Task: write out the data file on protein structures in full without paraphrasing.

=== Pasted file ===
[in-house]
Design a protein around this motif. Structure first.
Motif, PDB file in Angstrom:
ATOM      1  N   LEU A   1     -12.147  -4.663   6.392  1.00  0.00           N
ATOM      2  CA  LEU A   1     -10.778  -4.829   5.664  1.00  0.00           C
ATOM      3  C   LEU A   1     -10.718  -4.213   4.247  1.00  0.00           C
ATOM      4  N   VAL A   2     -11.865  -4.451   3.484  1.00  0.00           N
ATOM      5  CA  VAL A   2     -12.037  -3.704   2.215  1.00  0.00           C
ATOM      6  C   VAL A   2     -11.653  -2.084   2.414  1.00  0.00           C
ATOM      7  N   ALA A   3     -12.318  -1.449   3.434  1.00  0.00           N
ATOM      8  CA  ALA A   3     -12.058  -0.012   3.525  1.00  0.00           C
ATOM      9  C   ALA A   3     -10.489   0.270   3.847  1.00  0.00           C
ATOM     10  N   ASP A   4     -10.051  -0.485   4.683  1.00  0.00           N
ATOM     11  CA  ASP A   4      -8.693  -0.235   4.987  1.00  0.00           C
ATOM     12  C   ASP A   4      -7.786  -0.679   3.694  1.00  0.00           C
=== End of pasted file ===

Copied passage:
[in-house]
Design a protein around this motif. Structure first.
Motif, PDB file in Angstrom:
ATOM      1  N   LEU A   1     -12.147  -4.663   6.392  1.00  0.00           N
ATOM      2  CA  LEU A   1     -10.778  -4.829   5.664  1.00  0.00           C
ATOM      3  C   LEU A   1     -10.718  -4.213   4.247  1.00  0.00           C
ATOM      4  N   VAL A   2     -11.865  -4.451   3.484  1.00  0.00           N
ATOM      5  CA  VAL A   2     -12.037  -3.704   2.215  1.00  0.00           C
ATOM      6  C   VAL A   2     -11.653  -2.084   2.414  1.00  0.00           C
ATOM      7  N   ALA A   3     -12.318  -1.449   3.434  1.00  0.00           N
ATOM      8  CA  ALA A   3     -12.058  -0.012   3.525  1.00  0.00           C
ATOM      9  C   ALA A   3     -10.489   0.270   3.847  1.00  0.00           C
ATOM     10  N   ASP A   4     -10.051  -0.485   4.683  1.00  0.00           N
ATOM     11  CA  ASP A   4      -8.693  -0.235   4.987  1.00  0.00           C
ATOM     12  C   ASP A   4      -7.786  -0.679   3.694  1.00  0.00           C